How to Secure your Collection

How to Secure your Collection

In the last episode of After Dinner Mints, Jake Rockland covered the basics of securing crypto holdings, and I thought this would be an excellent opportunity to reiterate best practices.

In the video, Jake said your level of protection should change based on the value of assets you need to secure. You wouldn’t buy a 5-million-dollar insurance policy on a 200k house. Nor would you buy a 200k insurance policy on a 5-million-dollar estate. So if your NFT collection is only a few relatively inexpensive pieces, keeping them on your MetaMask wallet should be fine. But if you’re holdings are worth a significant amount, you should seriously consider sending them to a secure hardware wallet.

Let’s cover hot wallets (like MetaMask) and hardware wallet options, then go over some standard best practices for wallet security.

TL;DR — General Takeaways

· If you don’t have a hardware wallet for important assets, get one.

· Set up the hardware wallet in a secure setting and treat your seed phrase like the keys to your bank.

· Make sure there are no cameras that can record your seed phrase.

· Don’t click sketchy links or download unrecognized attachments.

· Don’t sign random transactions without verifying the contract address.

Hot Wallets vs. Cold Wallets

Wallets can be separated into two groups: those always connected to the internet — a hot wallet like MetaMask. And wallets that can be disconnected from the internet — a cold wallet or hardware wallet, like Trezor or Ledger.

If you’re new to Art Blocks or have never set up a software wallet, I highly suggest you read the first section in this step-by-step guide on setting up a MetaMask wallet in the Art Blocks 101 article. We’ve included relevant links and screenshots to take the guesswork out of the setup.

But, if you’re like most Art Blocks collectors, you already have a MetaMask account, but you might not have a hardware wallet.

If you’re thinking about purchasing a new hardware wallet, we highly suggest you go with a Trezor or Ledger and buy directly from the manufacturer’s website — not a reseller on eBay or Amazon. If you buy on a secondary market, you risk buying a piece of hardware that has been tampered with. Of course, this is unlikely, but let’s not test our luck for the sake of security.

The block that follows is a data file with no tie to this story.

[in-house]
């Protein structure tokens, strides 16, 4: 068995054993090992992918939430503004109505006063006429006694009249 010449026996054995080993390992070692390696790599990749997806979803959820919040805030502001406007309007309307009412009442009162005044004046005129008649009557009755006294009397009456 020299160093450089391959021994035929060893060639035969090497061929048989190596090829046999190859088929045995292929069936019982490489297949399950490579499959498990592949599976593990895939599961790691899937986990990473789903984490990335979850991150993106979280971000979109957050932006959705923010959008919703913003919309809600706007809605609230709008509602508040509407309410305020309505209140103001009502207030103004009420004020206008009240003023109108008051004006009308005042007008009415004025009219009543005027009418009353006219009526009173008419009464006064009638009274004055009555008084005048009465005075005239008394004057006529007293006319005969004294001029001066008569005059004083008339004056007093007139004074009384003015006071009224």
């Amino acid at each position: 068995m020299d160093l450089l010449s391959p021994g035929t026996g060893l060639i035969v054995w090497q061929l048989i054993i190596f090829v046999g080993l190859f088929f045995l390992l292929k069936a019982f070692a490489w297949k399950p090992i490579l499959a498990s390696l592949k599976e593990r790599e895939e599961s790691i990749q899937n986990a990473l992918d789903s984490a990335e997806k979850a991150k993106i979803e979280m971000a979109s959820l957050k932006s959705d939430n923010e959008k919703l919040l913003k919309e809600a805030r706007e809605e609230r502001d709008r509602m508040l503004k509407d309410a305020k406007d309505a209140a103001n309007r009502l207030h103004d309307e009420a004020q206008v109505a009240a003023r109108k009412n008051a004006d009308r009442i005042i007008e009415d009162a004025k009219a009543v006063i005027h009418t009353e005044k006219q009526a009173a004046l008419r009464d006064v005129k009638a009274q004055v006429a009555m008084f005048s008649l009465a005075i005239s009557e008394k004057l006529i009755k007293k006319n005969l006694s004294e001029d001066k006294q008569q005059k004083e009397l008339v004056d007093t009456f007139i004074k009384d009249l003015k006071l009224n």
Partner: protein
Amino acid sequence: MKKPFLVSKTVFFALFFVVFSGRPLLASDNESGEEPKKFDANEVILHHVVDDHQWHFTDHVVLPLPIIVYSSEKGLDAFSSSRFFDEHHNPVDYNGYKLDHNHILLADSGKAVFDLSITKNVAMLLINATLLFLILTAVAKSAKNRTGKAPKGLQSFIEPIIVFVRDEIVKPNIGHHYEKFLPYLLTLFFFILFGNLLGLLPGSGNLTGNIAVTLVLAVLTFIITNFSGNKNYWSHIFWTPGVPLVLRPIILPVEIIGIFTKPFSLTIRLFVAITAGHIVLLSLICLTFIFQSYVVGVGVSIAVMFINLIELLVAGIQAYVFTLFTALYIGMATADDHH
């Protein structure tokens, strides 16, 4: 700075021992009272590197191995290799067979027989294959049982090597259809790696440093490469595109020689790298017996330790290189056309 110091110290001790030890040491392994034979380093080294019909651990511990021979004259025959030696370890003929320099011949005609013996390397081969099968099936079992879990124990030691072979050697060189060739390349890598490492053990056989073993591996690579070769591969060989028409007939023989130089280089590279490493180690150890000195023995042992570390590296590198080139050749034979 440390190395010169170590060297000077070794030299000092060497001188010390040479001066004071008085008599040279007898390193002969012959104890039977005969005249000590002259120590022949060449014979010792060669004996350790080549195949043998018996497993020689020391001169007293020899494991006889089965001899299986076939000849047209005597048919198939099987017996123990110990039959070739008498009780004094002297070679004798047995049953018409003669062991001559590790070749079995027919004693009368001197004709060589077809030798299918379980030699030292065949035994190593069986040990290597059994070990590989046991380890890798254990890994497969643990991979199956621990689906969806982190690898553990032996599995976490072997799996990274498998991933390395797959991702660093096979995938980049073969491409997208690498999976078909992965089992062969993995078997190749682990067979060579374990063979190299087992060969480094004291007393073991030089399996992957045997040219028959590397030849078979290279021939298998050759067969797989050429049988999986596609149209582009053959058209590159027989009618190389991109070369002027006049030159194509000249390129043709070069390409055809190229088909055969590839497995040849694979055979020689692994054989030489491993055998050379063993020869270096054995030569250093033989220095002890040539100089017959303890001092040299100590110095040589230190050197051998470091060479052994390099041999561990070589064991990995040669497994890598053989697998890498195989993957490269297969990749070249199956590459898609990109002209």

Both hardware wallets are established names and broadly trusted. I personally went with a Trezor Model T for my first hardware wallet. Tezor is an open-source project, and people much brighter than myself have looked over their GitHub repo. But as always, do your own research and find a solution you’re comfortable with.

Setting up a New Hardware Wallet

As we mentioned, only buy a hardware wallet directly from the manufacturer — and stick to either Trezor or Ledger. If you buy a hardware wallet and a seed phrase is included in the box, the hardware has been compromised. Whenever you’re setting up a new wallet, the device should provide you with the seed phrase on a fresh install.

Your seed phrase is the key to your kingdom. You should guard these as tightly as you protect access to your bank accounts or social security number. If someone knows the phrase, they’ll have full access to your wallet’s holdings. For this reason, it is HIGHLY recommended that you write down the seed phrase and store it in multiple locations. For bulletproof security, buy a metal seed storage card and etch your phrase in the metal. For the highest level of security, split the key phrase among multiple metal cards and store them in different safe deposit boxes.

Really, get as creative as you want to ensure no one has access to your seed phrase. Just make sure you can remember how to put them together, and you’re able to access the wallet in an emergency.

Test your Wallet

Ok. Now you have your new hardware wallet and etched the seed phrase in metal. Before you transfer anything valuable to the wallet and put it in a safe deposit box, practice resetting your wallet with the seed phrase. You’ll also want to send a tiny amount of ETH in and out of the wallet to ensure everything works as advertised.

After you’ve restored the wallet and tested a transaction, go ahead and send your valuable pieces to the new address.

Recognize a Scam

Scams are responsible for most security failures. So beyond keeping your seed phrase guarded, you must use basic internet common sense — especially if you’re only using a MetaMask wallet.

MetaMask support will not reach out to you on Twitter. You should never click links from random people in Discord. Watch out for phishing websites asking for personal info. Double-check the contract address and read permissions before signing any transaction.

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